On June 5th, the Maryland Court of Appeals held that a reduced interest rate on refunds paid to taxpayers as a result of the U.S. Supreme Court’s decision in Comptroller of Maryland v. Wynne did not violate the U.S. Constitution’s dormant Commerce Clause.

In 2018, the U.S. Supreme Court held that a Maryland statute that

The North Carolina Supreme Court affirmed a lower court decision that held that a manufacturer of brake pads used by railroads did not qualify for an exception to the state’s standard three-factor apportionment formula that allows “public utilities” to instead apportion their income using a single-sales factor formula.

In February 2019, the North Carolina Superior

On May 22, 2020, the Idaho Supreme Court held that the gain realized by a corporate holding company on the sale of its 78.54 percent ownership interest in an LLC was nonbusiness income and therefore not subject to apportionment in Idaho. The LLC was formed in 2003 and manufactured and sold tangible personal property. The

On June 12, 2020, a federal court partially denied Kroger Co.’s motion to dismiss a putative class action complaint regarding Oregon’s bottle deposit on beverages. The complaint alleged that Kroger had misrepresented the cost of certain beverages by charging a ten-cent bottle deposit for beverages that were exempt from the bottle deposit and failing to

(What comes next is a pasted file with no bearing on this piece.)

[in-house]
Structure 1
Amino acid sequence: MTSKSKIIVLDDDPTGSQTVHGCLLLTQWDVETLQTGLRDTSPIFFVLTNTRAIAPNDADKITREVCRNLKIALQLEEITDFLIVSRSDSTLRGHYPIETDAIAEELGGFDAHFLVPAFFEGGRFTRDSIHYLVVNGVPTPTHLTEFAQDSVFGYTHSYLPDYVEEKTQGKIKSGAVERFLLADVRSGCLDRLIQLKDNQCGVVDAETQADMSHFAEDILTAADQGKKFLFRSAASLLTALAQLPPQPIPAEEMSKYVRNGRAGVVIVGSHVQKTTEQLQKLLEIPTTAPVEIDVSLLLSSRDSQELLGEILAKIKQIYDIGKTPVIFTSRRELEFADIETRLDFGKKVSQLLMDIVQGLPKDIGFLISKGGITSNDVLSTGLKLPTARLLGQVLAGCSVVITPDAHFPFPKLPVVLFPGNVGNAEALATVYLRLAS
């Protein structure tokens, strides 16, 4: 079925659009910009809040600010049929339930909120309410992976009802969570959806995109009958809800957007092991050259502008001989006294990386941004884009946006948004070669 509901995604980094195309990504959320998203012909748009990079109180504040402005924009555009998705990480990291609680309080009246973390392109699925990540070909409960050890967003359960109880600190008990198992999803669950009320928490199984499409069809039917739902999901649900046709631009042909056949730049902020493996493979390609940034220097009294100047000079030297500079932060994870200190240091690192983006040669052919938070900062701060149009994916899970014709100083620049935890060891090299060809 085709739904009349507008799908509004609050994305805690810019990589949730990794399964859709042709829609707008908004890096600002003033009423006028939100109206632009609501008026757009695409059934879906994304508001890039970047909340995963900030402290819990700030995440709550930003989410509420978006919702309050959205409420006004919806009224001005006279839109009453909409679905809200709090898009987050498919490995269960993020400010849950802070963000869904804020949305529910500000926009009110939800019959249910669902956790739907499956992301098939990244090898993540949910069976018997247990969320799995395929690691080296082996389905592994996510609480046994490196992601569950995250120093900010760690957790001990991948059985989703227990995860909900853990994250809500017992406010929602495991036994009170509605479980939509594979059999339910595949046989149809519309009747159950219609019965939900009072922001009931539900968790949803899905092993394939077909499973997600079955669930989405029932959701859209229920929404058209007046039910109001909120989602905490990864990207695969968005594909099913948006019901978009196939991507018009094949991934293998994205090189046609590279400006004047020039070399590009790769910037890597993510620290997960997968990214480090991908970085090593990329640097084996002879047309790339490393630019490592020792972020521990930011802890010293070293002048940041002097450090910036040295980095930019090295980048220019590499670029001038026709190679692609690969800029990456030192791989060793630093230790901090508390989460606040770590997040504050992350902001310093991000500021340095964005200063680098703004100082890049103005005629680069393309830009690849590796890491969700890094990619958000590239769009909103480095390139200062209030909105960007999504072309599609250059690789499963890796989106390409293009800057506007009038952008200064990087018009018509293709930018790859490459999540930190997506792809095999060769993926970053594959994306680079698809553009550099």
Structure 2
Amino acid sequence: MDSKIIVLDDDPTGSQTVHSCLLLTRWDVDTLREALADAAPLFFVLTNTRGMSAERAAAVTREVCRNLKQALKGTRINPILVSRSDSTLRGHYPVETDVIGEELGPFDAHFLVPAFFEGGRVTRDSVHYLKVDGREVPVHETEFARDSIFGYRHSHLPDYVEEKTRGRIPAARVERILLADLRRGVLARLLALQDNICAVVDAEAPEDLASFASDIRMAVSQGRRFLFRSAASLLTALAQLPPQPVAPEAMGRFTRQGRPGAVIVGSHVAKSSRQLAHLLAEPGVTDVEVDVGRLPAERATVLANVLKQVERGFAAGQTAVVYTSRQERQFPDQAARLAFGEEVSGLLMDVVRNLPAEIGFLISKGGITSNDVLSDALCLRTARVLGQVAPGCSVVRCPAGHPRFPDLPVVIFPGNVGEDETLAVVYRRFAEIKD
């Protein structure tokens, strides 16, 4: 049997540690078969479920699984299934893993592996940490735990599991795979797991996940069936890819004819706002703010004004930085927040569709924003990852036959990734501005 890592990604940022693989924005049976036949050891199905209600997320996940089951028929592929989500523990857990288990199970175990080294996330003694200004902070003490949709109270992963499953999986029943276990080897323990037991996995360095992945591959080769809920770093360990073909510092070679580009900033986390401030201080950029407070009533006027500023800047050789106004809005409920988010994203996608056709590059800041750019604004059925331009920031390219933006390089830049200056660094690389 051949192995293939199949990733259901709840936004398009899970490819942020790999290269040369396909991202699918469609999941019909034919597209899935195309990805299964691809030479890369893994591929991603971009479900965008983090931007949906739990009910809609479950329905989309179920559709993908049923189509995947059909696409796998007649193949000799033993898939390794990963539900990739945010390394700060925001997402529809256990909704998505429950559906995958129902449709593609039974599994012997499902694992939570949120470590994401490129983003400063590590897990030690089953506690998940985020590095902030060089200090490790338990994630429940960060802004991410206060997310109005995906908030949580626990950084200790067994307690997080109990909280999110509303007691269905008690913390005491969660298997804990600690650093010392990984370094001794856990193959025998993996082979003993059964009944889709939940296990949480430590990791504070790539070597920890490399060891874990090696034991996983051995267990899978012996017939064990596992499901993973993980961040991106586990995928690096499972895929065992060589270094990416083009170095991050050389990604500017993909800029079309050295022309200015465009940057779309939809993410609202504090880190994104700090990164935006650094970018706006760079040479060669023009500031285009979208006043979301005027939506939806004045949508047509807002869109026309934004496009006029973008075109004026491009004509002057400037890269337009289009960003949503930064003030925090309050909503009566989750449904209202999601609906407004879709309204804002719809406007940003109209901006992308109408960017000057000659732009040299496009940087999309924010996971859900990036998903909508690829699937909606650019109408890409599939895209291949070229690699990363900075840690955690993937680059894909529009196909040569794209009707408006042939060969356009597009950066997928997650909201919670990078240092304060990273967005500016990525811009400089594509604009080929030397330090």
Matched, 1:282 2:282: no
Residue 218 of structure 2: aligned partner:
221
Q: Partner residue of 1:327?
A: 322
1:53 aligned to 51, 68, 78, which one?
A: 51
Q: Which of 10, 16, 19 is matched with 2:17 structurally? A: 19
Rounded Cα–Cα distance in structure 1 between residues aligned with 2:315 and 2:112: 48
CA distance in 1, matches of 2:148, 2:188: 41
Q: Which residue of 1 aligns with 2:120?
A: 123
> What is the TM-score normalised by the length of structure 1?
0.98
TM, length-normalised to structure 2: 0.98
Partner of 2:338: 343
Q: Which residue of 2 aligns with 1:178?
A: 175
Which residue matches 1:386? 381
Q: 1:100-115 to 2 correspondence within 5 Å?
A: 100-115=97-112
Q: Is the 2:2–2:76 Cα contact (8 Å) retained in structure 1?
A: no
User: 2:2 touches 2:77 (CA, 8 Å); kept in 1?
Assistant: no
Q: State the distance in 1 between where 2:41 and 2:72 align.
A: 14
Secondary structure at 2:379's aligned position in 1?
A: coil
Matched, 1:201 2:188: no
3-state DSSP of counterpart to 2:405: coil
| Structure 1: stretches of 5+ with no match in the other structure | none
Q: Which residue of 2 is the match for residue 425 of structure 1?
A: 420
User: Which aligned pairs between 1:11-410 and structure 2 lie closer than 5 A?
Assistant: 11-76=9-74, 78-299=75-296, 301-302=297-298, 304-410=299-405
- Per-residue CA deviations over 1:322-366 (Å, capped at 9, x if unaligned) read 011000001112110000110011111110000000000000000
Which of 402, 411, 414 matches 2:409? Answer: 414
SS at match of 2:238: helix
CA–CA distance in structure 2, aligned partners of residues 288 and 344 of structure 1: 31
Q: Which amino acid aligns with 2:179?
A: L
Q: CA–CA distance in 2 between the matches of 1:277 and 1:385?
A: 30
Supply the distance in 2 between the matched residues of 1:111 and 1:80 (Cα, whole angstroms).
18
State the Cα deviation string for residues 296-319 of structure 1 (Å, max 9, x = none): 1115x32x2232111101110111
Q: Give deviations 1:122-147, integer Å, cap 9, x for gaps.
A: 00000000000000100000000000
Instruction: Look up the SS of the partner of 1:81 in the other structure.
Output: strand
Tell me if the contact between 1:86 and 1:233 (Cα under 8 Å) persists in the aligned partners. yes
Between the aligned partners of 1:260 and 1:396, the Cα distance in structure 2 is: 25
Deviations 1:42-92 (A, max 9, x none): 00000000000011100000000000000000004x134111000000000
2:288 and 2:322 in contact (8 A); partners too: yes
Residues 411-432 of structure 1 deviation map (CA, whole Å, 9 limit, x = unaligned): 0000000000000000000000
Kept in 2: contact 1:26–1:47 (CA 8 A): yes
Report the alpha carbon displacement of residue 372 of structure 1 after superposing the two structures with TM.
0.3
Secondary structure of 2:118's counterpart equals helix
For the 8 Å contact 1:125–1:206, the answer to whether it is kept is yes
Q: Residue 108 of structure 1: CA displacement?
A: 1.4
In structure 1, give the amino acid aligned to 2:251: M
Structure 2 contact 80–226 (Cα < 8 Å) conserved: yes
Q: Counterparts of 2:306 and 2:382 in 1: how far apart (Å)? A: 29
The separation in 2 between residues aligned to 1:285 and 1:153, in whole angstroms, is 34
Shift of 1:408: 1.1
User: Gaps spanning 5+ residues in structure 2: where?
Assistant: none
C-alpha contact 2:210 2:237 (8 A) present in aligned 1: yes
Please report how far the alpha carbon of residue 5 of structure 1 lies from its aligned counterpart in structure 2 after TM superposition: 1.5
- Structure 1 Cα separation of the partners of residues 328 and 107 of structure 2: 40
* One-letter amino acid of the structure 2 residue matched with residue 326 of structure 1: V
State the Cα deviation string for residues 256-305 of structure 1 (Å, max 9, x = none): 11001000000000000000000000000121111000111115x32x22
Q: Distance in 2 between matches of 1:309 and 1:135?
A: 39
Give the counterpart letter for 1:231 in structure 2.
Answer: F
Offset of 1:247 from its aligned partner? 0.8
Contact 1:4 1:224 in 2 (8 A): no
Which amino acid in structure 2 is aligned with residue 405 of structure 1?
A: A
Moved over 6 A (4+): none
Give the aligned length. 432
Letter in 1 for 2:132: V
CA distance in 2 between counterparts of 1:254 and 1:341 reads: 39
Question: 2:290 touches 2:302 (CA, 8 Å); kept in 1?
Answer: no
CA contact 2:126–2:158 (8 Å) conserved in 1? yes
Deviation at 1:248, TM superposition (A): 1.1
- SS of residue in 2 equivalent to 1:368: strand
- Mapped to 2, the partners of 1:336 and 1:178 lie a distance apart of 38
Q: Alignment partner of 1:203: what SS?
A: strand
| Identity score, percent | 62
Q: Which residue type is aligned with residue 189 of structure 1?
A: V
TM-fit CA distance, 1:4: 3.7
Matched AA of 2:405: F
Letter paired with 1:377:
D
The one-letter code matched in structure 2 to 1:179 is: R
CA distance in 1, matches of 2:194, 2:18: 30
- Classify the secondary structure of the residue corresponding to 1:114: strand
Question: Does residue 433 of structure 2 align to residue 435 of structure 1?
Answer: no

The Alabama Tax Tribunal held that a taxpayer’s payments to an affiliated entity for employee services were not included in the payroll factor of the apportionment formula for business-income tax purposes because the payments were not made directly to the taxpayer’s employees.

During the years at issue, an Alabama regulation stated that only amounts paid

The South Carolina Court of Appeals affirmed the Administrative Law Court’s holding that proceeds from a book retailer’s sales of book club memberships should have been included in the retailer’s “gross proceeds of sales” and subject to sales tax. The Court of Appeals concluded that South Carolina case law provides that the gross proceeds of

The Tennessee Court of Appeals held that a manufacturer’s proceeds from a legal malpractice action are business earnings subject to the Tennessee excise tax. The malpractice action arose when the taxpayer’s attorneys improperly filed a European patent. The damages awarded in settlement of the claim were based on profits the taxpayer would have earned if